I find Gloria Steinem and Madeleine Albright’s arguments that young women who support Bernie Sanders need to wise up incredibly offensive. (Ms. Steinem has apologized.) How dare these women imply that young women who vote for Senator Sanders are simply too immature and absent-minded to understand that Hillary Clinton is the better candidate?

Is it possible that some young women are voting for Mr. Sanders because they agree with his policies more?

Sure, to cast a vote for Mrs. Clinton is to support a woman. But she is not a messiah, and her presidency would certainly not be the end of a long road for feminism.

Ms. Steinem and Ms. Albright are reacting to Mrs. Clinton’s lack of support among young female voters by slinging insults at the women who have supported and looked up to them for years. If we are going to assume that women are intelligent enough to form their own opinions, then women must respect other women’s choices.

A woman can be a feminist and vote for Mr. Sanders, and no amount of tantrum-throwing from powerful women will change that. When it comes down to it, Ms. Steinem and Ms. Albright’s inflammatory claims will serve only to further divide feminists, as they perpetuate the very chasm they lament.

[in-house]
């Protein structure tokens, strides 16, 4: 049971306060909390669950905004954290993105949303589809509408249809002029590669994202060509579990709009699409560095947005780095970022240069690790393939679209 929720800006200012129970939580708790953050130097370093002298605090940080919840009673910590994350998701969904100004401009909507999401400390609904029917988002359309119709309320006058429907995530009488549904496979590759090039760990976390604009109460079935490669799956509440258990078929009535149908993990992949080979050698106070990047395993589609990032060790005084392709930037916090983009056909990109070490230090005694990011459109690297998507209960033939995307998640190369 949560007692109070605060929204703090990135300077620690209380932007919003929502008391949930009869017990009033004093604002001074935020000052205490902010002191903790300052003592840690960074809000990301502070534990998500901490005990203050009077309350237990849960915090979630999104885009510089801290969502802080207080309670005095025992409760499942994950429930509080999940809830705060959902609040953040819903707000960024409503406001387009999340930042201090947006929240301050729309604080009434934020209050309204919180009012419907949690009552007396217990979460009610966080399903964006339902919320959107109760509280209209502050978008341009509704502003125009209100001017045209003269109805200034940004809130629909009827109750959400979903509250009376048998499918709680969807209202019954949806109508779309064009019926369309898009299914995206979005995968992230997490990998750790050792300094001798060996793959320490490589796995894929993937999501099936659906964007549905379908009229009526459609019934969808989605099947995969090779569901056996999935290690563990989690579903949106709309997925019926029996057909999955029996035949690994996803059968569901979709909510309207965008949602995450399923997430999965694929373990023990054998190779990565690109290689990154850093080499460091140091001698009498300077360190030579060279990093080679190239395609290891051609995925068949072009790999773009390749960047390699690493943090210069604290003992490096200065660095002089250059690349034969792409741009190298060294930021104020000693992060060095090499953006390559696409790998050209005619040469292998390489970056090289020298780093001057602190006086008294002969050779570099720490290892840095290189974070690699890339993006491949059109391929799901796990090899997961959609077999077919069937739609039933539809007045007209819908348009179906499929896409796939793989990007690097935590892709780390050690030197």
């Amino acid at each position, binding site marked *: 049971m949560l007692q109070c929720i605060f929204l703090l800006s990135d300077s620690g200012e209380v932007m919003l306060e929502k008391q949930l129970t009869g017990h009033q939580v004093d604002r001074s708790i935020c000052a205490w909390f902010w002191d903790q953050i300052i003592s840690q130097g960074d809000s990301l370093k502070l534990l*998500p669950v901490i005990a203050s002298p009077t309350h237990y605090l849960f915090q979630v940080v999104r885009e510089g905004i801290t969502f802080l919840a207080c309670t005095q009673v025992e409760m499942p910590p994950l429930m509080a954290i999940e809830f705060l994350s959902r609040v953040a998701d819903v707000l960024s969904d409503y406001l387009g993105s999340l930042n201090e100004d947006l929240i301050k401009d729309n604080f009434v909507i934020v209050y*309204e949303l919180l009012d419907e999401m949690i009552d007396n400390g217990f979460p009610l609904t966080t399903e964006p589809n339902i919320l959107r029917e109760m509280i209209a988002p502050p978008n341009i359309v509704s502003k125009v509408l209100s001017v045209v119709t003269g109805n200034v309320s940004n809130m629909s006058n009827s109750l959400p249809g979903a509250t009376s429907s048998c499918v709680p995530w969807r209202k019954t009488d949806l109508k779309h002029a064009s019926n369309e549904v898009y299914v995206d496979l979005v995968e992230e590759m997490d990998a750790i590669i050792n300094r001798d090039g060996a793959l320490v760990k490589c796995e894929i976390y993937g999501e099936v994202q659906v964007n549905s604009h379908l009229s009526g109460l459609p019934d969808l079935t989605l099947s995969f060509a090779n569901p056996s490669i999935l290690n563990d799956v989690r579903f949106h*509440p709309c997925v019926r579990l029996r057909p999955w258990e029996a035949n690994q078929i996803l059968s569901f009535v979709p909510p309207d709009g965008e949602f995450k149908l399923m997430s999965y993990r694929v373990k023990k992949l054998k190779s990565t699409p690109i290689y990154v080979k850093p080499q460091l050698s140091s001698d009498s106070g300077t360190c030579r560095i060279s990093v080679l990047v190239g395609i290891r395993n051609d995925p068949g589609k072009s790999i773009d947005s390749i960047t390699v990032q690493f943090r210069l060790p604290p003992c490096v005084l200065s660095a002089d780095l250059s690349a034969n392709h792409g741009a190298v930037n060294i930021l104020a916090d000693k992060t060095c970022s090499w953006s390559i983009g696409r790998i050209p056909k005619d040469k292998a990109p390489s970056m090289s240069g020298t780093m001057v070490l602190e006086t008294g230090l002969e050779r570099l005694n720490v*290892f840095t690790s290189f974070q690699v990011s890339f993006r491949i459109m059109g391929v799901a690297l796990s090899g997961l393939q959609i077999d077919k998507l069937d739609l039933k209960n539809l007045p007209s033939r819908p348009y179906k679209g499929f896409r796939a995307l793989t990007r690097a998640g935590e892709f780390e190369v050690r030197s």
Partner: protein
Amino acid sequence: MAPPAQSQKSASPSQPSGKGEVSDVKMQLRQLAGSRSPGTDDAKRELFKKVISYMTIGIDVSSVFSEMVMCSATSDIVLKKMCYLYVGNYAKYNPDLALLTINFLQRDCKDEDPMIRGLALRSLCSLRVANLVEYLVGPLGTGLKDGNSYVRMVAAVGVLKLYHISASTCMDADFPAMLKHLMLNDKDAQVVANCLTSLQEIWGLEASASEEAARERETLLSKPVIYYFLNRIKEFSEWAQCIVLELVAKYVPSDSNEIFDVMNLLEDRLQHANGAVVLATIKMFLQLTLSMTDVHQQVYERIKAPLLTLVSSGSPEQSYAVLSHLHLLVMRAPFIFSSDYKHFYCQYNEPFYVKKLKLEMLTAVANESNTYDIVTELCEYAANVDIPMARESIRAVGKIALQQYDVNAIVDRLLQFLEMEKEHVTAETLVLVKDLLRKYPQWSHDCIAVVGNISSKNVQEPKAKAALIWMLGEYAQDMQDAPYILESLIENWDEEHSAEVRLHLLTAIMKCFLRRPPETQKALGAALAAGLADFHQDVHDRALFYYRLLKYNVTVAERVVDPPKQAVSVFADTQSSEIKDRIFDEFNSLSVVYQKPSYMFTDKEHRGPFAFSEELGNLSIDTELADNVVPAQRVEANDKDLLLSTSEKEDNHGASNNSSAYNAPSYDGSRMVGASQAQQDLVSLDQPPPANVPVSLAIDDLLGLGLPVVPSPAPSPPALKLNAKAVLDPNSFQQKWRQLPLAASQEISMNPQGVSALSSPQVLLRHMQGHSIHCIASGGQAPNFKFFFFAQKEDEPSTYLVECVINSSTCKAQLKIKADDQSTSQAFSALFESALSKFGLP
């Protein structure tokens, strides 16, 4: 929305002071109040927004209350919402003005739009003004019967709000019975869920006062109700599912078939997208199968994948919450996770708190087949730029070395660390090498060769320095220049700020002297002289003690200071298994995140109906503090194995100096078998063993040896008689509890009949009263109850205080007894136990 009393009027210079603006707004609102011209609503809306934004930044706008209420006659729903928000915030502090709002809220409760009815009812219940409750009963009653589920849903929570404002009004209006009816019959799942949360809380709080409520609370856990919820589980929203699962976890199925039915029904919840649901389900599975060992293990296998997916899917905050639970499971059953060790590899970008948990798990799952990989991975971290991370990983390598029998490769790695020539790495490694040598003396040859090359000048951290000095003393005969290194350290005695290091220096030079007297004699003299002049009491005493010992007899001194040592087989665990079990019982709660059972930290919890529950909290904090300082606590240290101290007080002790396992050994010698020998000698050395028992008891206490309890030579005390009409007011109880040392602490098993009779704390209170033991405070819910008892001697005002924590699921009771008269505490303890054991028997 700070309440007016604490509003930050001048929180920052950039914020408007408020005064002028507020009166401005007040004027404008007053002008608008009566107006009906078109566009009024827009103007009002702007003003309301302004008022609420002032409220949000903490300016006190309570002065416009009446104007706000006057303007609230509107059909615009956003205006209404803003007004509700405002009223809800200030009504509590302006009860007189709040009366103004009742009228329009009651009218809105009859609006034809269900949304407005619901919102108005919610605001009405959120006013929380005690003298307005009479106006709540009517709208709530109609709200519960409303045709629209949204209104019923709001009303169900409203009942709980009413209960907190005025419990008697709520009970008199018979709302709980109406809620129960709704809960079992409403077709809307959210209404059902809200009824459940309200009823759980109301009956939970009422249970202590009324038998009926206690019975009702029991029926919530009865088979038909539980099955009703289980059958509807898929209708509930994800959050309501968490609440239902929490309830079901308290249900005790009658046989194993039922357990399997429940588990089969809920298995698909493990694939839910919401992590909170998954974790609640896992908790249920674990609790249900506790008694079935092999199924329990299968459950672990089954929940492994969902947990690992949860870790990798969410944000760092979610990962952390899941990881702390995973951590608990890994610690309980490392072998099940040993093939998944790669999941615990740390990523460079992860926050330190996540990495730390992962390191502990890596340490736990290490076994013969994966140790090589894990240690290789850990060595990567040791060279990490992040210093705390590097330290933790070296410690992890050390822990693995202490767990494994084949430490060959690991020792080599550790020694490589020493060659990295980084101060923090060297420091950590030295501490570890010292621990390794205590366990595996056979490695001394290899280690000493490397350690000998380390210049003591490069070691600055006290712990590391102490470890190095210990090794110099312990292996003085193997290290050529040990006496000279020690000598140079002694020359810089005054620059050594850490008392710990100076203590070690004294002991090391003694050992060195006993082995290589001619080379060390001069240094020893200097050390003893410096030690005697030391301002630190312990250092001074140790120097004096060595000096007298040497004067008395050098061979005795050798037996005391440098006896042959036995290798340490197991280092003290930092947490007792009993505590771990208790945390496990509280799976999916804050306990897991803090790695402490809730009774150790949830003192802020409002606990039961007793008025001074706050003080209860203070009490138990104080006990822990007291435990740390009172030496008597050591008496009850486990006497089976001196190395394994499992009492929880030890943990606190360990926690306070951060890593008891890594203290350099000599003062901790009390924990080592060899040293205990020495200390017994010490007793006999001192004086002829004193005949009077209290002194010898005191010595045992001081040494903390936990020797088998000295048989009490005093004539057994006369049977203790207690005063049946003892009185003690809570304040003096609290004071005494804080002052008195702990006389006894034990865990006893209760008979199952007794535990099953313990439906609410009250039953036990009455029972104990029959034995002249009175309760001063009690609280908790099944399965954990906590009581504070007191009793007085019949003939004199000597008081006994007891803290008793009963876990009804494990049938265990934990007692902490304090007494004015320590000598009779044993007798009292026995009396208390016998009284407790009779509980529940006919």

Charlottesville, Va.

To the Editor:

Although a 67-year-old feminist, I am horrified and angry that Gloria Steinem and Madeleine Albright think that Hillary Clinton should be nominated because she is a woman. That is no different from losing because you are a woman.

Choosing the Democratic presidential nominee is not and never should be a feminist issue. The nominee must be the best person for the job: the person with the most experience and the ability to be elected. Mrs. Clinton has the most experience to run the country and a greater ability to win the election than Bernie Sanders, a self-proclaimed democratic socialist.

In 1972 George McGovern was the Sanders of his day, handicapped by the perception that he was a left-leaning extremist. McGovern lost all but one state, and a landslide victory (and mandate) ensued for Richard Nixon and the Republicans, ushering in a shameful period of American history.

The stakes in this election are extremely high and will determine whether the United States will move further right toward an oligarchy or left toward greater democracy.


New York

To the Editor:

If ever there were an opportunity to alienate young women voters, Gloria Steinem and Madeleine Albright are carrying the torch with their bewildering reprimands of young female supporters of Bernie Sanders. The cluelessness of these feminist elders is astounding.

Senator Sanders is appealing by virtue of a progressive message that resonates deeply with younger people of both sexes. As a woman over 50 with deep affinity for the feminist movement, I support Bernie Sanders. I am also embarrassed for the Clinton campaign and the message these endorsements evoke.

We need to encourage and inspire young women who are enthusiastically embracing a social justice platform, not scold them. More important, if social media is any indication, the insulting messages that young women who do not support Hillary Clinton are going to a “special place in hell” (Ms. Albright) or seeking the attention of boys (Ms. Steinem) is backfiring terribly.